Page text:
Geelong tech showcase to return in April

The returning Technology and Innovation Summit will showcase the world-leading manufacturing capabilities of the region and feature international market leaders, according to its organiser, the Geelong Manufacturing Council. This year’s summit will be held at GMHBA Stadium on April 18. “Featuring industry experts in thought-provoking discussions the summit will shine a light on the world of opportunity open to manufacturers, discuss technology and innovation opportunities and share manufacturing success stories,” reads a description from the GMC. “Join top investors, entrepreneurs and executives for a full day of insightful keynote sessions at Geelong Manufacturing Council’s Technology and Innovation Summit.” A program and speaker information will be available at the event’s website soon.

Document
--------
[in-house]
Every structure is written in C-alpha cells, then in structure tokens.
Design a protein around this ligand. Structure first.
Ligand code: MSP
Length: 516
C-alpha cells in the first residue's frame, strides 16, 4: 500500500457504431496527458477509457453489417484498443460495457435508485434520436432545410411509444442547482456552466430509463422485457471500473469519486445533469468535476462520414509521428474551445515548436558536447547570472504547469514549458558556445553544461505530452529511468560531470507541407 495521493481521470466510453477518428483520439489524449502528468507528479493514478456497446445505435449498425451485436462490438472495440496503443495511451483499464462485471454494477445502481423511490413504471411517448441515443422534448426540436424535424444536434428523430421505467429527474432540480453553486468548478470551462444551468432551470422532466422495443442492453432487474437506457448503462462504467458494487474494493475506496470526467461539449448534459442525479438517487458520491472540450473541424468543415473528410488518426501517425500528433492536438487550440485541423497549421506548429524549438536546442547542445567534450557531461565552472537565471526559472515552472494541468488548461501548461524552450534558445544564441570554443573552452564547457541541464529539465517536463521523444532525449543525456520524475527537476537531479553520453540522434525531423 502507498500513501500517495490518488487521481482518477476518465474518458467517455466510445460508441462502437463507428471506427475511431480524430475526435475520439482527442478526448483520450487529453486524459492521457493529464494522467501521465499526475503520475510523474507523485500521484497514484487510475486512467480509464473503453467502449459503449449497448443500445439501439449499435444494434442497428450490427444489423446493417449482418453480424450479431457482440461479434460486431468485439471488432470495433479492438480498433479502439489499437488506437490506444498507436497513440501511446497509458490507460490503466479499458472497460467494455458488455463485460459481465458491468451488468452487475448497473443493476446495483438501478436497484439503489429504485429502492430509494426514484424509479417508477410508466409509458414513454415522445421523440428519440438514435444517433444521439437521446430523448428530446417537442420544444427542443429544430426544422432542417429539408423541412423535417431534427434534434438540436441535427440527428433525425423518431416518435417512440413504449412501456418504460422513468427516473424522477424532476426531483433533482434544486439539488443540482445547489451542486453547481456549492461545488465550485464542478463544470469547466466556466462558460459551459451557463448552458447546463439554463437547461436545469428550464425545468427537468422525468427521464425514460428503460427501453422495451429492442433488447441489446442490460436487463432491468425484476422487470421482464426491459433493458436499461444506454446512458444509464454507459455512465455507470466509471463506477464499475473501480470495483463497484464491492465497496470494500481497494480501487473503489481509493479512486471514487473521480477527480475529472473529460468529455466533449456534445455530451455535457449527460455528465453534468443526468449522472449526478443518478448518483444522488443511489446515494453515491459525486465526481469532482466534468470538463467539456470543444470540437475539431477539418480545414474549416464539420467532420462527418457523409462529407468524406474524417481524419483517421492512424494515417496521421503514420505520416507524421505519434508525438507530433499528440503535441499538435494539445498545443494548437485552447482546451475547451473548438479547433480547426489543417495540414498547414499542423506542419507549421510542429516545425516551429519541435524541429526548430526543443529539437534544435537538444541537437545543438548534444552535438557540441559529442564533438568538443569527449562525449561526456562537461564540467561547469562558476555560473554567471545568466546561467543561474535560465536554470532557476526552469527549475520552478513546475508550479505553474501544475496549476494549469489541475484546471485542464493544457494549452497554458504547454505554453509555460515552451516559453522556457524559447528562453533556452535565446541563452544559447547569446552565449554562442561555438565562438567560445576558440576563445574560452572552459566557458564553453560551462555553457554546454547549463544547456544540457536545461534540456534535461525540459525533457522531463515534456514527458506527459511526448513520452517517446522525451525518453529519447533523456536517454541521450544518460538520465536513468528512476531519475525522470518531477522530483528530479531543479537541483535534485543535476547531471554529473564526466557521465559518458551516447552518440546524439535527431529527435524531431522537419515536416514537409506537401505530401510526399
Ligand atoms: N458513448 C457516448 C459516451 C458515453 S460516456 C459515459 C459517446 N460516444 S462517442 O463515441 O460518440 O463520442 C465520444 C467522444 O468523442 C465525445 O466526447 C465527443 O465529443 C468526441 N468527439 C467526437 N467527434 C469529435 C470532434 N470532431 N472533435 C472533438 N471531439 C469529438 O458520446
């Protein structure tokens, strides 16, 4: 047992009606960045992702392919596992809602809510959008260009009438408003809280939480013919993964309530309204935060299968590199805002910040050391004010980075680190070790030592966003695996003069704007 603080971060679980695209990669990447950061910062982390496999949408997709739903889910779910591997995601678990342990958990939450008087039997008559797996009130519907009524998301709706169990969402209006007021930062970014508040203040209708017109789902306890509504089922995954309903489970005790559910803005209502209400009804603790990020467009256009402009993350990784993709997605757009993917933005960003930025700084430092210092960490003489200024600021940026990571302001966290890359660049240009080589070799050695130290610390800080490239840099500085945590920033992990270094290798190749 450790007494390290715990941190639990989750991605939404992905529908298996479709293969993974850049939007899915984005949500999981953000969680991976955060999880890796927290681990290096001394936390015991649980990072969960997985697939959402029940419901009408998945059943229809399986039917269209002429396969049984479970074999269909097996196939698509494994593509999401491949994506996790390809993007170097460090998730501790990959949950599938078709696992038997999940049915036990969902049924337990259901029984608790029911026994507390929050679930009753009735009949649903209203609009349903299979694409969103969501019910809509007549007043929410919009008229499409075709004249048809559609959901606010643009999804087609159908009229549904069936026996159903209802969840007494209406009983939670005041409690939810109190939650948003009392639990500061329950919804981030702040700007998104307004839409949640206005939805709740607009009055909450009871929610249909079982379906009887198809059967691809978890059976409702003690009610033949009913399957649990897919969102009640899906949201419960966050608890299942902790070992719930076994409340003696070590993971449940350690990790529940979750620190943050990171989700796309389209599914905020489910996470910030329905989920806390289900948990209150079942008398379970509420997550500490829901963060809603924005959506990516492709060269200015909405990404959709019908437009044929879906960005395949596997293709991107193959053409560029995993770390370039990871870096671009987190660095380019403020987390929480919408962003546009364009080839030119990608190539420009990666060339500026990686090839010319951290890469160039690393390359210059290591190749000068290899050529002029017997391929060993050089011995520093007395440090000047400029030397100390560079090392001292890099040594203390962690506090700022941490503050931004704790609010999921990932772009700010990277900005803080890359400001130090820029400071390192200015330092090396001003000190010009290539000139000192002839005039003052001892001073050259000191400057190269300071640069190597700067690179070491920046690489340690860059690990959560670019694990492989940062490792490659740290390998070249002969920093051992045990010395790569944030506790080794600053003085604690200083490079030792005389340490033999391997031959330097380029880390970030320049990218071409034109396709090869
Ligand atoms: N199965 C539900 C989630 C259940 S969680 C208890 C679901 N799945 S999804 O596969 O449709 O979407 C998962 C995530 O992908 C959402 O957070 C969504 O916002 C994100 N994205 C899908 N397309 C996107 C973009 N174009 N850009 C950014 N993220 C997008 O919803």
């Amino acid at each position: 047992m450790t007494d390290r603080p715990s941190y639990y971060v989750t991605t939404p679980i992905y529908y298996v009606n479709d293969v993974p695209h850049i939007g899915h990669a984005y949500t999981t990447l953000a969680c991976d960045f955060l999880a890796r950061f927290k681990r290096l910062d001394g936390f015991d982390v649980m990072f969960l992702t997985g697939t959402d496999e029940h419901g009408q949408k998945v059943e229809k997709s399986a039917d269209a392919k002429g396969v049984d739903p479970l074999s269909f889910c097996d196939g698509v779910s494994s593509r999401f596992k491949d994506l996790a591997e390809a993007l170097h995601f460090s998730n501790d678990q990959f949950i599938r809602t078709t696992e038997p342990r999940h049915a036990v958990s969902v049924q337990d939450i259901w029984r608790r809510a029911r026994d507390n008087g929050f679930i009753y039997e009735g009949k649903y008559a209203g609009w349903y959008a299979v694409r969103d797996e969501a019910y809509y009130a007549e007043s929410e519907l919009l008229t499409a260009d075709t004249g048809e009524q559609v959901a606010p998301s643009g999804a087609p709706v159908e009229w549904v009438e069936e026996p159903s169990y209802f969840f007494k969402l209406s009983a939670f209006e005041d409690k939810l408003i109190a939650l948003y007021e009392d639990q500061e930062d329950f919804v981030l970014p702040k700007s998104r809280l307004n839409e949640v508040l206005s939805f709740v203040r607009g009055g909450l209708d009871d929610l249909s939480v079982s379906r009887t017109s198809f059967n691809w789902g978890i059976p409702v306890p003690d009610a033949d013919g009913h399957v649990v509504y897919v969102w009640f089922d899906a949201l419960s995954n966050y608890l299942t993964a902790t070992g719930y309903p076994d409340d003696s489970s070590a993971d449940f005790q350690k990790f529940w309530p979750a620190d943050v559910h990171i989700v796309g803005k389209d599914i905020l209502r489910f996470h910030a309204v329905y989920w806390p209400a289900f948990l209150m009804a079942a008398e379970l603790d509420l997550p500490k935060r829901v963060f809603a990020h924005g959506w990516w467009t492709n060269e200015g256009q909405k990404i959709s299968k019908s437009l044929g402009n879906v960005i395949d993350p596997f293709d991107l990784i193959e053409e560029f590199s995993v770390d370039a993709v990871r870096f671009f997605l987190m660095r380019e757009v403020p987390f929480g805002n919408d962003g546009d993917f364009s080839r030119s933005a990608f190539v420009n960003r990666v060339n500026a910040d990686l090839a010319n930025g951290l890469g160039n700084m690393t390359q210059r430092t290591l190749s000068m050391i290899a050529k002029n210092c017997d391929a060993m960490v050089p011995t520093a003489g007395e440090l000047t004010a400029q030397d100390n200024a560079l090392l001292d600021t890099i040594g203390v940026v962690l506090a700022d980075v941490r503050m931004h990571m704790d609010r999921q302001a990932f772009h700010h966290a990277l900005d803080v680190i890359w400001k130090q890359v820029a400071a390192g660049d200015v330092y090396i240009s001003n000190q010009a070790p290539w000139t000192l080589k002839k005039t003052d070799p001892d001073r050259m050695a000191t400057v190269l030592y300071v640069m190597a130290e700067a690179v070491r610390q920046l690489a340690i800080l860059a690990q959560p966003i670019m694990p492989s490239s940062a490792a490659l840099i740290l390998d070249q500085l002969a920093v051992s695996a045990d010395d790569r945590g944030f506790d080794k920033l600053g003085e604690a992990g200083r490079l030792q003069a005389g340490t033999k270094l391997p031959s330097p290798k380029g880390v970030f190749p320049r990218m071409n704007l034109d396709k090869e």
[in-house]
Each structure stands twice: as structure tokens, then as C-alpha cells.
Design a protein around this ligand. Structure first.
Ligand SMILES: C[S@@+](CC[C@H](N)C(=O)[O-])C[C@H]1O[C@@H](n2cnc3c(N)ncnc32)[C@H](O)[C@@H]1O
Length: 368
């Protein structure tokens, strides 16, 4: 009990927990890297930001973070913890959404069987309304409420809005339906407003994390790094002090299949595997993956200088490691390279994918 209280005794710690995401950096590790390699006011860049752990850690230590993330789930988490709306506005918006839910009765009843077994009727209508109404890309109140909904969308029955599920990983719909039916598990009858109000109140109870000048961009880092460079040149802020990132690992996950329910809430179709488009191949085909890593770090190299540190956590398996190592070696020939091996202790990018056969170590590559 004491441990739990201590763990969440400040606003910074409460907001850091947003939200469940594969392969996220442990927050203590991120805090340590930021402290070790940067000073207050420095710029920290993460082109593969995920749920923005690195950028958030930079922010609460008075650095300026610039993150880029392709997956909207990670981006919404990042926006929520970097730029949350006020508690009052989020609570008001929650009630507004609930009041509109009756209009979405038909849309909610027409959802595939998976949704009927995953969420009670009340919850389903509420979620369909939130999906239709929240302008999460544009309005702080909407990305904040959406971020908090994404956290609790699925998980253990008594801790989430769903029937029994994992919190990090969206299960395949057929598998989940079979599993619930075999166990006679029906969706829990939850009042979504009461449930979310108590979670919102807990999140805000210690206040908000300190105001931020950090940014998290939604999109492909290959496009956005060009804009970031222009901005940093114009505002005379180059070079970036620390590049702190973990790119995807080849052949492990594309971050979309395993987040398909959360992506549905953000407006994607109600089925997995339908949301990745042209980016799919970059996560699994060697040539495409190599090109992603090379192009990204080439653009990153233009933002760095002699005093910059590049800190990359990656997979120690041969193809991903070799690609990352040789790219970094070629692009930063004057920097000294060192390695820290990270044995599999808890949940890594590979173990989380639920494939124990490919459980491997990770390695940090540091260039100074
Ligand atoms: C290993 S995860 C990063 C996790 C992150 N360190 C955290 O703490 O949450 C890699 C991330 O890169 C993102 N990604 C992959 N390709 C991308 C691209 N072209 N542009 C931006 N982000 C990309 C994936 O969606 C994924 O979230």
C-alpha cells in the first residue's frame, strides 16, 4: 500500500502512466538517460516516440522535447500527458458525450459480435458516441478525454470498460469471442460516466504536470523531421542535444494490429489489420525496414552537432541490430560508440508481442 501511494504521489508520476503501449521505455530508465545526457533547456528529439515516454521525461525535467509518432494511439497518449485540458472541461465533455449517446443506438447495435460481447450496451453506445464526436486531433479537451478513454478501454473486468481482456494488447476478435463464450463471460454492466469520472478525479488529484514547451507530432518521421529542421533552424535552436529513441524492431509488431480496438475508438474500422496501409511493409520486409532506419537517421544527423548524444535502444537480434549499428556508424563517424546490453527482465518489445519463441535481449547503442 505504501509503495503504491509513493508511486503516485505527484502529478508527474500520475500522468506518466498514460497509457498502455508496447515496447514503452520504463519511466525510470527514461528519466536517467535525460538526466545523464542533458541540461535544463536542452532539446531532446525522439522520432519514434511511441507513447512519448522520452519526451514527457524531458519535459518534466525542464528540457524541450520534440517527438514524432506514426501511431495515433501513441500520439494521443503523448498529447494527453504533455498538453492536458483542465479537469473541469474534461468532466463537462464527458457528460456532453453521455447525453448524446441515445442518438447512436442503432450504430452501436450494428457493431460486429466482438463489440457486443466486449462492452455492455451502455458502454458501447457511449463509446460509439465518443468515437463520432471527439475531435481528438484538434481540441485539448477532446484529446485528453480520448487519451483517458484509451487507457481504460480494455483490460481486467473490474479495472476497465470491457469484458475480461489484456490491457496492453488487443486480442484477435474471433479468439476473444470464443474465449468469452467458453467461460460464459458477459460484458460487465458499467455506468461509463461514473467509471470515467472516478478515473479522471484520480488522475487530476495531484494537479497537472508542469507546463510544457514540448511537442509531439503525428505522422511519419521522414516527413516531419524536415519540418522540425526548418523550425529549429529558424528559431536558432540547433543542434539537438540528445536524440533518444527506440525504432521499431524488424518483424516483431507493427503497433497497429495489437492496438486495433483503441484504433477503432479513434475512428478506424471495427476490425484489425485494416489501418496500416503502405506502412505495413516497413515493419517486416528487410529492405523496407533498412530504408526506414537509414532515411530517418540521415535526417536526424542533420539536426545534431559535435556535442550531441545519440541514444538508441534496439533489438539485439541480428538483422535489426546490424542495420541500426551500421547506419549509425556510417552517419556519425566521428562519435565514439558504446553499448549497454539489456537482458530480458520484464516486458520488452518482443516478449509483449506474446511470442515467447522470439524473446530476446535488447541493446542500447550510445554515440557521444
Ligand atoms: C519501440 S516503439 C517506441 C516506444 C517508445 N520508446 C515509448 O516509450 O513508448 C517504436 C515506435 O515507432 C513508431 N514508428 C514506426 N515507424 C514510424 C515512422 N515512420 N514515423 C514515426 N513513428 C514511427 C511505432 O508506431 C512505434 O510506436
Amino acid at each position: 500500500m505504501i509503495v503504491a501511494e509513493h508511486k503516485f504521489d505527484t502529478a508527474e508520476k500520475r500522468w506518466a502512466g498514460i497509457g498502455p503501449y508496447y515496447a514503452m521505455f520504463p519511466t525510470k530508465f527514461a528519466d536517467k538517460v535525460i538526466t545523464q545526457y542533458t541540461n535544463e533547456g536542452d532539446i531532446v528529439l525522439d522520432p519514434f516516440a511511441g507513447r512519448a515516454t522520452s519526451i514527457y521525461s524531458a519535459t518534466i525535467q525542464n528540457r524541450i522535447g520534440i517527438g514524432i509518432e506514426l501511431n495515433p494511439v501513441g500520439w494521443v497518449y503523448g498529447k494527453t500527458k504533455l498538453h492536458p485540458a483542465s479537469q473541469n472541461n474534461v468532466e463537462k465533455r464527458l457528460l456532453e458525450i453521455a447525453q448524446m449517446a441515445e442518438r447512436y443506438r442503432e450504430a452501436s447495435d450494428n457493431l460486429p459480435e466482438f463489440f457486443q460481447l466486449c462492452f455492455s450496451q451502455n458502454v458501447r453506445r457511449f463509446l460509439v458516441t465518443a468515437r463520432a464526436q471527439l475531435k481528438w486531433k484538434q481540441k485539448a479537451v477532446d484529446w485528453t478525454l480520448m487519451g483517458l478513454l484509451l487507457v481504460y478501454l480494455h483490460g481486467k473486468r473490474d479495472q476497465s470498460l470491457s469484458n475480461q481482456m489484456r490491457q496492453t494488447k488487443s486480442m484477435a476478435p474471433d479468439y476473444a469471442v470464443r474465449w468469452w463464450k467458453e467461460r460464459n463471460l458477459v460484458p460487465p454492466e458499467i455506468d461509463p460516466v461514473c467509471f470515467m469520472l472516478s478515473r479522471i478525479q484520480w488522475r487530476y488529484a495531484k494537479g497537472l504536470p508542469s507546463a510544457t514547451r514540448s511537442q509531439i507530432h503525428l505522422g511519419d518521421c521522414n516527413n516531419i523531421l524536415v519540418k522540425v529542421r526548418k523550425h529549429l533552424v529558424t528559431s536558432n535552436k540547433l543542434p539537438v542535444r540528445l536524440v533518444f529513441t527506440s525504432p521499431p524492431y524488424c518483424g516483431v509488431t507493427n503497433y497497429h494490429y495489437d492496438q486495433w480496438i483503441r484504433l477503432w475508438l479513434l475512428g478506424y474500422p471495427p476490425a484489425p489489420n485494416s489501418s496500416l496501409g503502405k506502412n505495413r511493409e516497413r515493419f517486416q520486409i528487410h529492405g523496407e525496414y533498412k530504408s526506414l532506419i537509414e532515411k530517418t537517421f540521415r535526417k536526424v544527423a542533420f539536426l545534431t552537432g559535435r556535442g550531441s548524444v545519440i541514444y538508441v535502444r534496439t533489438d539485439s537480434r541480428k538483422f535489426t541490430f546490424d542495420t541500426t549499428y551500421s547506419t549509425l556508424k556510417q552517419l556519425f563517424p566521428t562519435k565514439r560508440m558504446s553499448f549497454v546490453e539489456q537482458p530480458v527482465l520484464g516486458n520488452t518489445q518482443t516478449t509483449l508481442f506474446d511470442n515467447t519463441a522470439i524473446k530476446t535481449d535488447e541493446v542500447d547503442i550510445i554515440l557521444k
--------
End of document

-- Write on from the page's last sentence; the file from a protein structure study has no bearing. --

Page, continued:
Loomtex joins GMC

The Geelong Manufacturing Council has also welcomed new member LoomTex, the nation’s last remaining woollen furnishing textile mill and dye house. InStyle and Colan Australia announced the joint acquisition of Geelong Textiles Australia late last year, and the subsequent rebranding as LoomTex. LoomTex will continue to create upholstery, apparel and technical fabrics in Geelong for commercial and domestic use, with plans for investments in technology, research and development that will ensure it remains at the forefront of the industry. Instyle is a sustainable textile wholesaler supporting Australian design and production, and Colan is a manufacturer and distributor of high performance industrial textiles.

UQ research reveals nutrition potential of budding bushfood

A bushfood staple could be the centre of a new Indigenous industry, according to University of Queensland PhD researcher